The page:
Martin Kutnowski’s (Fredericton, Canada) take on both the British and the American House of Cards series was especially fascinating for us as media scholars. His close analysis of the title melodies based on their respective sheet music and though we are no musicologists he made it very easy to follow his conclusions. If you have not started watching season 3 you should do so now and pay attention to the driving bass and the rather unusual main melody.
At the end of the second day, Marjolaine Boutet (Amiens, France) gave an amazing presentation on the use of music in the American crime series Cold Case. As she explained, Cold Case may never be released on DVD because of the music. The series soundtrack comprises about 1,030 popular songs – from Michael Jackson’s “Man in the Mirror” via Duran Duran’s “Save a Prayer” to Bruce Springsteen’s “Stolen Car”. Copyright rules for music license still hinder the series‘ release on DVD, as Marjolaine explained, “making it too expensive to be profitable and threatening to doom the series to oblivion in the years to come”. Did you know that a couple of episodes are written solely to process the lyrics of a selection of pop songs, e.g. by Bruce Springsteen, into the audiovisual design of a whole episode? Actually, that turns popular music into agents of TV storytelling far beyond of what contemporary popular (TV) culture does occasionally.
On the last day, Sven continued with popular music in his talk on “’Dance in the Memory of Bombs and Corpses?’ The Cultural and Political Connotations of Music in Queer as Folk” followed by the highly entertaining take on musical dramaturgy in The Simpsons by Peter Motzkus (Dresden, Germany).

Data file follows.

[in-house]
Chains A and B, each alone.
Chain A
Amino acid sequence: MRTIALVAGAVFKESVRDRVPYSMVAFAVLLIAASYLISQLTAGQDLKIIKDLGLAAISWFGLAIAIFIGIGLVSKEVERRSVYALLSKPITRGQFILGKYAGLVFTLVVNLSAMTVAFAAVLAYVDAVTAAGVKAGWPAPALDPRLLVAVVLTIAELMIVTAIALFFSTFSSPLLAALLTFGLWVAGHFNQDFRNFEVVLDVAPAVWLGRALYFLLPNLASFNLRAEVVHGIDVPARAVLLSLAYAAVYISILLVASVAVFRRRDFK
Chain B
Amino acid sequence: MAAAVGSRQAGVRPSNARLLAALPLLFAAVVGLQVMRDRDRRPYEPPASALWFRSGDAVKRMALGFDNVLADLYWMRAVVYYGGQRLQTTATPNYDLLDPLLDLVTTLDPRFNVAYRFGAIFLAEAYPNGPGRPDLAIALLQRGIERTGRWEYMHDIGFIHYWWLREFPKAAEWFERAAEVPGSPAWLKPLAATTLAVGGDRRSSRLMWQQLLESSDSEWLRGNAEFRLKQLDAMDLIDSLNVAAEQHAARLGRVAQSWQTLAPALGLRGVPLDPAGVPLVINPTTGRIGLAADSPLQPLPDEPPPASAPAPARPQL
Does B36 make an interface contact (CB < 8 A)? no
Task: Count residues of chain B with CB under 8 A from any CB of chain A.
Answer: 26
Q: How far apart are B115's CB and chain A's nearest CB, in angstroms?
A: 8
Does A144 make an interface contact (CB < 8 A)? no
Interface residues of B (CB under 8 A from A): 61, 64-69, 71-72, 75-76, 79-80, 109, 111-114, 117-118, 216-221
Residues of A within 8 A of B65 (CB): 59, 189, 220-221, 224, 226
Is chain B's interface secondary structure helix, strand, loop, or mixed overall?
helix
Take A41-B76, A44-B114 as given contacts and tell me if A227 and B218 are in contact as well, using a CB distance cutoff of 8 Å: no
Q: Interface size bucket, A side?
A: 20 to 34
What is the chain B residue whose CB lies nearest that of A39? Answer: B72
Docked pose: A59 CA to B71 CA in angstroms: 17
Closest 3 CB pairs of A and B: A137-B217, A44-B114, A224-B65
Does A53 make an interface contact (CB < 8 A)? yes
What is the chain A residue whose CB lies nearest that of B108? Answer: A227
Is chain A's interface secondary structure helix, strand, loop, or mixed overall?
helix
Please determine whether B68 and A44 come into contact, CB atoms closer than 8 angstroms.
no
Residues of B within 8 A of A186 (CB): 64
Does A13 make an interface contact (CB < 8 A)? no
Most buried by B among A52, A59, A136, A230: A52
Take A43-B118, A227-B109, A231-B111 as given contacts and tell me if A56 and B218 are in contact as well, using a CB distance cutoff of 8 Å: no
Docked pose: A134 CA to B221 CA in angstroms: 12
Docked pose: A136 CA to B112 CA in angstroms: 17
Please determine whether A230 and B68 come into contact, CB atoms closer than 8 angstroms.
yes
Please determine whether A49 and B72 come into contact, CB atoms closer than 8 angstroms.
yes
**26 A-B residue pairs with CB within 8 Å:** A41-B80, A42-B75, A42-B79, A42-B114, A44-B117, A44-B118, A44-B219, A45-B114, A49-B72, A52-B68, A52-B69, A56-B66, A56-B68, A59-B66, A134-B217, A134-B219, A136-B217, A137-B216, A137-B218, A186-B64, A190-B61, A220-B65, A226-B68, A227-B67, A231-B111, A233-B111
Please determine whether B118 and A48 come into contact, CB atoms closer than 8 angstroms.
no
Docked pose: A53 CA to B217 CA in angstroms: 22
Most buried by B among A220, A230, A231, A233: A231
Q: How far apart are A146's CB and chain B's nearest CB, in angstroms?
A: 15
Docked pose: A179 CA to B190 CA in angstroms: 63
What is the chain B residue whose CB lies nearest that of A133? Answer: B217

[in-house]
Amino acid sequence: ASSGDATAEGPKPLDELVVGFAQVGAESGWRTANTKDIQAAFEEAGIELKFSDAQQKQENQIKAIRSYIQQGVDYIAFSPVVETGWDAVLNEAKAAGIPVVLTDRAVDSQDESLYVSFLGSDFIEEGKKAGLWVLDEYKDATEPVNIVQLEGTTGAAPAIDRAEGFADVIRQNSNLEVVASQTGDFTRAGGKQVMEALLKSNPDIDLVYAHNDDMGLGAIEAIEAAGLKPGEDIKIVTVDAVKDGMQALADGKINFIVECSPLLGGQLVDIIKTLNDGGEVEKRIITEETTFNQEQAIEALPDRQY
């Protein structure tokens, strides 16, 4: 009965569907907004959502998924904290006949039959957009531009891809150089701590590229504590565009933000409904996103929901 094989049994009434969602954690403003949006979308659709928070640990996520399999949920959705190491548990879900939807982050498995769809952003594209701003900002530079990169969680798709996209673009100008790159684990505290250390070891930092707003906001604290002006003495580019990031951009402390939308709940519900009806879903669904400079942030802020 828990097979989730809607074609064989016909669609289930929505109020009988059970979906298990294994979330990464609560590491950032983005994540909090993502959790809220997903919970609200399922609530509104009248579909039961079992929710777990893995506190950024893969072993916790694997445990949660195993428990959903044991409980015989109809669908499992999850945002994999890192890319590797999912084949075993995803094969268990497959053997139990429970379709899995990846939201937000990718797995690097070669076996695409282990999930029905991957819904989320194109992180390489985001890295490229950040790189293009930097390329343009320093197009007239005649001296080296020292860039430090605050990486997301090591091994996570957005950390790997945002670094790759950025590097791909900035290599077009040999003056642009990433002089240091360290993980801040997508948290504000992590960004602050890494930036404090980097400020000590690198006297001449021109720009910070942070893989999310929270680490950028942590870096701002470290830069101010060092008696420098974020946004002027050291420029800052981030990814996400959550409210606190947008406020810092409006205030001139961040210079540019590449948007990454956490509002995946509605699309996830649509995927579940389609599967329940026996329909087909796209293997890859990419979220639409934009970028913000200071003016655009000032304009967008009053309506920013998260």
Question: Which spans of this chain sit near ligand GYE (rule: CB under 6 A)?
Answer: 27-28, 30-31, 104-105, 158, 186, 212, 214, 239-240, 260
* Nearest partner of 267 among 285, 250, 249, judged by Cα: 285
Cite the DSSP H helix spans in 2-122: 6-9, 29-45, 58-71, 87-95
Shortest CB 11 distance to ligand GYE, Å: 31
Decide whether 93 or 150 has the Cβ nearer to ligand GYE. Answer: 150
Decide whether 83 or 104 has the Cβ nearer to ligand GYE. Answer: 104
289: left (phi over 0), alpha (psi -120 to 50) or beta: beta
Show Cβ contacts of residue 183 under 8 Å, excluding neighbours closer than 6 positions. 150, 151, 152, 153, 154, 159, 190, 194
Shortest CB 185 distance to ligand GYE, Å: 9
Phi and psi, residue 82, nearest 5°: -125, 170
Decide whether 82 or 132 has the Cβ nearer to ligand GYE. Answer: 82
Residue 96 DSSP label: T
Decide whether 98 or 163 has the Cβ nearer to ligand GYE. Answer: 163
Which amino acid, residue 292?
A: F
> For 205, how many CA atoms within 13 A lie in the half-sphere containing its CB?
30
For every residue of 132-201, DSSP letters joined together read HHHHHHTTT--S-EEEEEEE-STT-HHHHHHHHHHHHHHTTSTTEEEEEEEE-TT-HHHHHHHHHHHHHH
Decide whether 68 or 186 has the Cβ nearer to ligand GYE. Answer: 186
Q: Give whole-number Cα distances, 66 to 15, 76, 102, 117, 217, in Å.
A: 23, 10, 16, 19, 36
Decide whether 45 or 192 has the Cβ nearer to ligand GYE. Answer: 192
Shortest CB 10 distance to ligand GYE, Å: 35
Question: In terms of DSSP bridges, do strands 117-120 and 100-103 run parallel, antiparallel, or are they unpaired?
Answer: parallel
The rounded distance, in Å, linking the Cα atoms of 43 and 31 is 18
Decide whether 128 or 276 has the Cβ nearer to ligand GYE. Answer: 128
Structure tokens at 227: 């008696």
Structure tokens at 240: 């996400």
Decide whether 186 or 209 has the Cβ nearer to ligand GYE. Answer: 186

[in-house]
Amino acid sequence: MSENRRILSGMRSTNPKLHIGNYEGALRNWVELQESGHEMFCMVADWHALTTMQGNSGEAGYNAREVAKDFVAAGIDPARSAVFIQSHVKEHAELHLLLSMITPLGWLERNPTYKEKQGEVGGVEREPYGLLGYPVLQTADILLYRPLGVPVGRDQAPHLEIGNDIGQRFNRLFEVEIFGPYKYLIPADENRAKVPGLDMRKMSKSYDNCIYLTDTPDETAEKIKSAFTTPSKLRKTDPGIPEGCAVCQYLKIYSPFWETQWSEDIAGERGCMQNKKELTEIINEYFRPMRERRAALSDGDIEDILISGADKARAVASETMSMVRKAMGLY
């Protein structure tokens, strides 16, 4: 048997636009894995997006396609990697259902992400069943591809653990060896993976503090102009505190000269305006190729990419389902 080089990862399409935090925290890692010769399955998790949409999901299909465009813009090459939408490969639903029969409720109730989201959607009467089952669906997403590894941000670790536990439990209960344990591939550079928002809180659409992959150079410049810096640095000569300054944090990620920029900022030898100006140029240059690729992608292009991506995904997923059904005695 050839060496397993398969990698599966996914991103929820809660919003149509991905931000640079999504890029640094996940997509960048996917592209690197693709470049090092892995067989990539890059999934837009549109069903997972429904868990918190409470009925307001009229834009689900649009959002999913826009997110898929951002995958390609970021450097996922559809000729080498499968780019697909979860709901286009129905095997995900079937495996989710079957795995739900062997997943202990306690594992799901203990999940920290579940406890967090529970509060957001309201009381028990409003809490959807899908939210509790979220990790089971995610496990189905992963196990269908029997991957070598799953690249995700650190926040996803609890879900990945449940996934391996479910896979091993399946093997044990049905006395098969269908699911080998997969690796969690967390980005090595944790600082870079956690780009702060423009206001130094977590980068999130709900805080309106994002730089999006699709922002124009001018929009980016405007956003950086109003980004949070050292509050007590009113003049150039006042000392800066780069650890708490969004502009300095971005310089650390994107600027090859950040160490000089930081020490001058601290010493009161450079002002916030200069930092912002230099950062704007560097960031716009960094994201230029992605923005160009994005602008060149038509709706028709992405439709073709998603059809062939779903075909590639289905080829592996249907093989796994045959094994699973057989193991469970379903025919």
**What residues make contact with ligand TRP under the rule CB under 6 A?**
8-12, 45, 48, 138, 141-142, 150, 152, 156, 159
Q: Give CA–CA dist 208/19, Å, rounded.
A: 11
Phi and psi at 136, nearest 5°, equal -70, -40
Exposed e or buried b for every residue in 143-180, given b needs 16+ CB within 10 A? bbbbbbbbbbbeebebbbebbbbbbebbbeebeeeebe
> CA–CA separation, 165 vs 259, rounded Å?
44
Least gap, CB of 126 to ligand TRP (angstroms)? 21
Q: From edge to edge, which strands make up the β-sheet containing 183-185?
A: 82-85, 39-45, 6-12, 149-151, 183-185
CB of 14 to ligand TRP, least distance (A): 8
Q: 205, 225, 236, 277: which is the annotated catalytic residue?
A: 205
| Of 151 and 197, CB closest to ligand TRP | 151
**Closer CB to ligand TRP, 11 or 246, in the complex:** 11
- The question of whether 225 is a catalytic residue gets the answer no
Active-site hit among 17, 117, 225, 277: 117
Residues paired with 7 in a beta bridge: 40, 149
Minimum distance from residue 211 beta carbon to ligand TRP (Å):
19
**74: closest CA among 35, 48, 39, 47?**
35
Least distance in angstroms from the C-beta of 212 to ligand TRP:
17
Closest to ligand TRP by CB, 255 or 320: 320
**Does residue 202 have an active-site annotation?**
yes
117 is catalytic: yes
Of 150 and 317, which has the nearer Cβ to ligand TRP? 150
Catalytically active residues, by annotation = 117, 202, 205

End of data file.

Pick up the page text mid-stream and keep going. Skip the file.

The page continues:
But what surprised us most: A single episode in more than 80% of all Turkish TV series last longer than 90 minutes. If you add previously-ons and advertisement, the average episode usually runs for three (!) hours. (Just imagine Derrick investigating the same case for three hours… How many times Harry would have had to fetch the car…?) And the surprise doesn’t end there: In the five best rated shows more than 80% of screentime are accompanied by music. As a comparison: In most Breaking Bad episodes music is played in 10-20%. On the very last paper presentation, Cem Pekman and Ahmet Ilgaz (Izmit/Kocaeli, Turkey) gave a highly insightful and mind-boggling presentation on Turkish TV culture.
“The Over-Use of Music in Turkish Serials” was quite an understatement. The most up to date serial contains music in each second of about three hours. That is more like an “over-over use” of music! But – get this! – the success of Turkish TV dramas depends on the use of music, as Cem and Ahmet. So much for cultural differences. In Turkey, television is one of the major (economic) factors. While the Western world is talking about the end of TV “as we know it”, television in Turkey is still one of the most influential media players until today. Again, so much for cultural differences.
All in all, the conference in Kiel is definitely among the best we have visited so far thanks to a very smooth and unagitated organization and the astonishing number of interesting papers.